Competitive Preferences and Status as an Incentive: Experimental Evidence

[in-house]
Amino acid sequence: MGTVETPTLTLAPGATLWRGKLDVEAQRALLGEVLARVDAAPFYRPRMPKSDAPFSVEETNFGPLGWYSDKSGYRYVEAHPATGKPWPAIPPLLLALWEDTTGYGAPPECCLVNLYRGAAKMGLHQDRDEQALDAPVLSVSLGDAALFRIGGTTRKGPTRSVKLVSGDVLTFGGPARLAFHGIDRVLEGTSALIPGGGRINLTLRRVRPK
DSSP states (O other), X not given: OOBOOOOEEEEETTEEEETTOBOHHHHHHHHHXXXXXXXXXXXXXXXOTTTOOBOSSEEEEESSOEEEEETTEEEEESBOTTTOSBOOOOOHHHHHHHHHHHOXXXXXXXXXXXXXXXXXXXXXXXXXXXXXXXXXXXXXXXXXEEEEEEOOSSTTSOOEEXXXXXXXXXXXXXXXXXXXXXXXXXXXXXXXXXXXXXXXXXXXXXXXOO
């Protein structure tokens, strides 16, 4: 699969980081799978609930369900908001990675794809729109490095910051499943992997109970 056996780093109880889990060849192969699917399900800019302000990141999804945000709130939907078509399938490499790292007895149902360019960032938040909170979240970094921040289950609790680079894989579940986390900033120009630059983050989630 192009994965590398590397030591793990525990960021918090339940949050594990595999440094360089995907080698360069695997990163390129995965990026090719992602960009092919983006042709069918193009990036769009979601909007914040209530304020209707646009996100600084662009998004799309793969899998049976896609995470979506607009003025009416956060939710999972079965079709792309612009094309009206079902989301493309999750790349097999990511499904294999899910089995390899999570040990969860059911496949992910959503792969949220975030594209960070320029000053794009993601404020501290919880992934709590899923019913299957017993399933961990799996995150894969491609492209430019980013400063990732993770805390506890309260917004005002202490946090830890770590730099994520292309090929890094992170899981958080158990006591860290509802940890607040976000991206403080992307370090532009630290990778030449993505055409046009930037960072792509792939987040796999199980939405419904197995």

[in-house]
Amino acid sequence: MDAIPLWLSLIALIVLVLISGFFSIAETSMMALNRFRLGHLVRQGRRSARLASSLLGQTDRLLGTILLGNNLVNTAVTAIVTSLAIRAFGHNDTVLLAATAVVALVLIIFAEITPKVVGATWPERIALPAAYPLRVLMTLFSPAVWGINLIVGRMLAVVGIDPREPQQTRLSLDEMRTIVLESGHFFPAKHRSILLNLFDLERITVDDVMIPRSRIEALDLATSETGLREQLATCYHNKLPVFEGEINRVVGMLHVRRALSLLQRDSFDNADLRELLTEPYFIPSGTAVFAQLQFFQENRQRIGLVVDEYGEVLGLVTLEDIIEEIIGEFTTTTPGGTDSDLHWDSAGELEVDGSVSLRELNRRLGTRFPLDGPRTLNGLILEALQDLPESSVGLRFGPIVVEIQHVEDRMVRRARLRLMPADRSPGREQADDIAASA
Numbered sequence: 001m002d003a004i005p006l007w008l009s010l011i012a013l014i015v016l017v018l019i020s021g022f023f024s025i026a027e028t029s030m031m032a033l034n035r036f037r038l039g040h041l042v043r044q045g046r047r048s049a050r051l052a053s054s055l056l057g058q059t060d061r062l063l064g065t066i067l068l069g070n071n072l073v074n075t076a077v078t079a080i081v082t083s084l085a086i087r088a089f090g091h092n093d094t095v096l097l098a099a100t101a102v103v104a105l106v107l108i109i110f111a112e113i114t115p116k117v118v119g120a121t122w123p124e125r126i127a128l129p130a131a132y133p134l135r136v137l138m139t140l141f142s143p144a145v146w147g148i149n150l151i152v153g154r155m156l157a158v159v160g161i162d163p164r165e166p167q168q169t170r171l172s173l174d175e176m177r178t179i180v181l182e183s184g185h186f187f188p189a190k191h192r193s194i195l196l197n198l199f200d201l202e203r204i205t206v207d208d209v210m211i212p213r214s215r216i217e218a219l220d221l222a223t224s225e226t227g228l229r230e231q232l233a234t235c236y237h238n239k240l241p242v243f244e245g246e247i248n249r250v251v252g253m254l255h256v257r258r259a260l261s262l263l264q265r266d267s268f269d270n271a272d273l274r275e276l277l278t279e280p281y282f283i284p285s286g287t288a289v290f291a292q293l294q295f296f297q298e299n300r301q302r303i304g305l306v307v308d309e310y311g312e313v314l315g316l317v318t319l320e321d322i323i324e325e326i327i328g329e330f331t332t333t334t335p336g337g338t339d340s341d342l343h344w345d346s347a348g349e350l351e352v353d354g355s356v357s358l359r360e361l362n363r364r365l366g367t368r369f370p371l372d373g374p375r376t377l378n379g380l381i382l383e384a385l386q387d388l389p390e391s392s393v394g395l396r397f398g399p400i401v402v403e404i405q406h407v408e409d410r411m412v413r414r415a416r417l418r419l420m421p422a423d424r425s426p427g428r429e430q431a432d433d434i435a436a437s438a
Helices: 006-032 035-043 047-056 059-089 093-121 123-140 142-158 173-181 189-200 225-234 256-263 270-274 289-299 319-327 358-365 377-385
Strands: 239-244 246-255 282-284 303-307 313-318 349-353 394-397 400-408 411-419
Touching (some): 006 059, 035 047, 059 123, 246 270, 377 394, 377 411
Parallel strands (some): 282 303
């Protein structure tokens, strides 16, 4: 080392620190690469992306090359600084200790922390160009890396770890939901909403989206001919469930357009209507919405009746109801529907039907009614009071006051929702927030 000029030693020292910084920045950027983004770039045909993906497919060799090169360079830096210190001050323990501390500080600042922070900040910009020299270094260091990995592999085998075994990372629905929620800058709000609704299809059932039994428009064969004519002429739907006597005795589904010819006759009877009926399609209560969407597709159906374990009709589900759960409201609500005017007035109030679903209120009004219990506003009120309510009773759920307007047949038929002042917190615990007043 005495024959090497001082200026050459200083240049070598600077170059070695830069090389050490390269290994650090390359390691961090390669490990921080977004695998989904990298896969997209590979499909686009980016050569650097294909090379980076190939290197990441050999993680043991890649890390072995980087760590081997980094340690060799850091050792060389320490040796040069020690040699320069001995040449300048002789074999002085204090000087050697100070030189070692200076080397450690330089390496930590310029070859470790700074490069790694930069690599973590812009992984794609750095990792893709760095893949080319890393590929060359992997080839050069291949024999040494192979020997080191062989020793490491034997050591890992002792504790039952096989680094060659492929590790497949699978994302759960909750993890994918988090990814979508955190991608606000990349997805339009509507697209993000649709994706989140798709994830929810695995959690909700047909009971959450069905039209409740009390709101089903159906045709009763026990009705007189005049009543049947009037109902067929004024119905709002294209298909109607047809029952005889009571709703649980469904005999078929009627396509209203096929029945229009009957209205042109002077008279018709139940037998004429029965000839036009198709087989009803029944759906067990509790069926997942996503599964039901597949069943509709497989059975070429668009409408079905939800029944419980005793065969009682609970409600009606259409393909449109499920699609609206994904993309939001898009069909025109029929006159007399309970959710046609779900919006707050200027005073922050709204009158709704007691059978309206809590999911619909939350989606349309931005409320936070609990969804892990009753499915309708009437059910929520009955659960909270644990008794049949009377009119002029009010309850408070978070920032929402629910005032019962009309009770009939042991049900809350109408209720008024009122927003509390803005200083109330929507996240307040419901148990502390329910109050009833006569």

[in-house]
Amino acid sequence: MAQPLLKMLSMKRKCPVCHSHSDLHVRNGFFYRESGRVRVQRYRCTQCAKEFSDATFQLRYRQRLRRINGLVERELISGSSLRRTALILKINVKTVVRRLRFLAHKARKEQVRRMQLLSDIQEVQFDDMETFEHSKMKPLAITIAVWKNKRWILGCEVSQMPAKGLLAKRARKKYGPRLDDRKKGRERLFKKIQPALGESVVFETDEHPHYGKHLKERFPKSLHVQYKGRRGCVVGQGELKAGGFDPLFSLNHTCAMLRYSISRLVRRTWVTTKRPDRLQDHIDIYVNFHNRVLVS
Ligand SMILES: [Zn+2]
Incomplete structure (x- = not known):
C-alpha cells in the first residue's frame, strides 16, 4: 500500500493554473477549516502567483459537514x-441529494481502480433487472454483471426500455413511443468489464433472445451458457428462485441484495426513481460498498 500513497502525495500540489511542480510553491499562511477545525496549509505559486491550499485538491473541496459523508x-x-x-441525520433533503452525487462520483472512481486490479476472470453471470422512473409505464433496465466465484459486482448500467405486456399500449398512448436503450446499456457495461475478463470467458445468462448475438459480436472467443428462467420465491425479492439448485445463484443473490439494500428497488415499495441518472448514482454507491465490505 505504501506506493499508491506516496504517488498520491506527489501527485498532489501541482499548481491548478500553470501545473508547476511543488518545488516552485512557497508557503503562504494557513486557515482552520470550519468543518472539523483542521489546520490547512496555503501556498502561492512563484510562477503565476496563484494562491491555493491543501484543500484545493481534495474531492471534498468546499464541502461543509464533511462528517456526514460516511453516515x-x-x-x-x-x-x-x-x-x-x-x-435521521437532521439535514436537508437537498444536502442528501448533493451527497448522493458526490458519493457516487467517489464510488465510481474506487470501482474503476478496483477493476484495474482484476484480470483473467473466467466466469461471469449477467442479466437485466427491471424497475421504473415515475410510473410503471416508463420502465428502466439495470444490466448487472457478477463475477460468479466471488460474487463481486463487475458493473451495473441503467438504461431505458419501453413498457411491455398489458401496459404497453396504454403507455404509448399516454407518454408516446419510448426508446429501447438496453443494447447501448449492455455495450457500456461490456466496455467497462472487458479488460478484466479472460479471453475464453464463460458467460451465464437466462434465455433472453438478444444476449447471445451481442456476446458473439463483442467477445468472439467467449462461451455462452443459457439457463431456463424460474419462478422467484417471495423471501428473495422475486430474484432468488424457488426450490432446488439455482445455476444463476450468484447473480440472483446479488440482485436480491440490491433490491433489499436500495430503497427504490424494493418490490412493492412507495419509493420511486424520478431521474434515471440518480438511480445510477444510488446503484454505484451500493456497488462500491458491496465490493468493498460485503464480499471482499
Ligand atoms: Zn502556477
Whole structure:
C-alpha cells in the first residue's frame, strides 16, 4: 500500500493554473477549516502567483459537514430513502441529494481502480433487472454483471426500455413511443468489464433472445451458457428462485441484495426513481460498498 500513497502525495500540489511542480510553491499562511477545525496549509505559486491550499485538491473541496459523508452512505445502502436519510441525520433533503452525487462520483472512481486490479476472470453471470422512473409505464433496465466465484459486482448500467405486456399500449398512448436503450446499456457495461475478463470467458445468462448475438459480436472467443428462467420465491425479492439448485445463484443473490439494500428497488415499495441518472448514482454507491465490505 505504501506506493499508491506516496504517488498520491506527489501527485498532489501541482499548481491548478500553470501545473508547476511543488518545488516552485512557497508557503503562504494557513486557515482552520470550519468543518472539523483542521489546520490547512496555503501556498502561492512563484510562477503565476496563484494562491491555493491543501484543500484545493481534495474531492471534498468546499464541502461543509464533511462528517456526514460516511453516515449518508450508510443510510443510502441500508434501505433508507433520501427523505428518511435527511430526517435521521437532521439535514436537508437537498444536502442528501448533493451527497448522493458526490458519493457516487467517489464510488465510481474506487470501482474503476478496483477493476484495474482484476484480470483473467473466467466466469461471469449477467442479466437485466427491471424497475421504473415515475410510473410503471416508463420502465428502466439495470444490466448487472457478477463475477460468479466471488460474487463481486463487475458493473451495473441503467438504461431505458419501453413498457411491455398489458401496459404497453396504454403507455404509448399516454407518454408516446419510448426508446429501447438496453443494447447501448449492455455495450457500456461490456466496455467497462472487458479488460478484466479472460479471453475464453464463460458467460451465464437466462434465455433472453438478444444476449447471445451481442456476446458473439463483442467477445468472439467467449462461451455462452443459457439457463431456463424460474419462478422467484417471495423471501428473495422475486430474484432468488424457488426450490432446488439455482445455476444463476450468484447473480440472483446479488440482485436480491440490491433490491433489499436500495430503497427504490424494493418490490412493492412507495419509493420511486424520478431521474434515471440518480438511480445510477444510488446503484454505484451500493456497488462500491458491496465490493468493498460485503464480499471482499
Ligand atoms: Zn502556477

In this paper, we investigate individuals' investment in status in an environment where no monetary return can possibly be derived from reaching a better relative position. We use a real-effort experiment in which we permit individuals to learn and potentially improve their relative position in terms of performance. We find that people express a taste for status. People increase their effort when they are informed about their relative performance, and some individuals pay to sabotage others' output or to artificially increase their own performance although they are paid a flat wage. Introducing the opportunity to sabotage others' output exerts a negative effect on performance. Such effects can be alleviated by inducing group identity that favors positive rivalry but discourages sabotage among peers.
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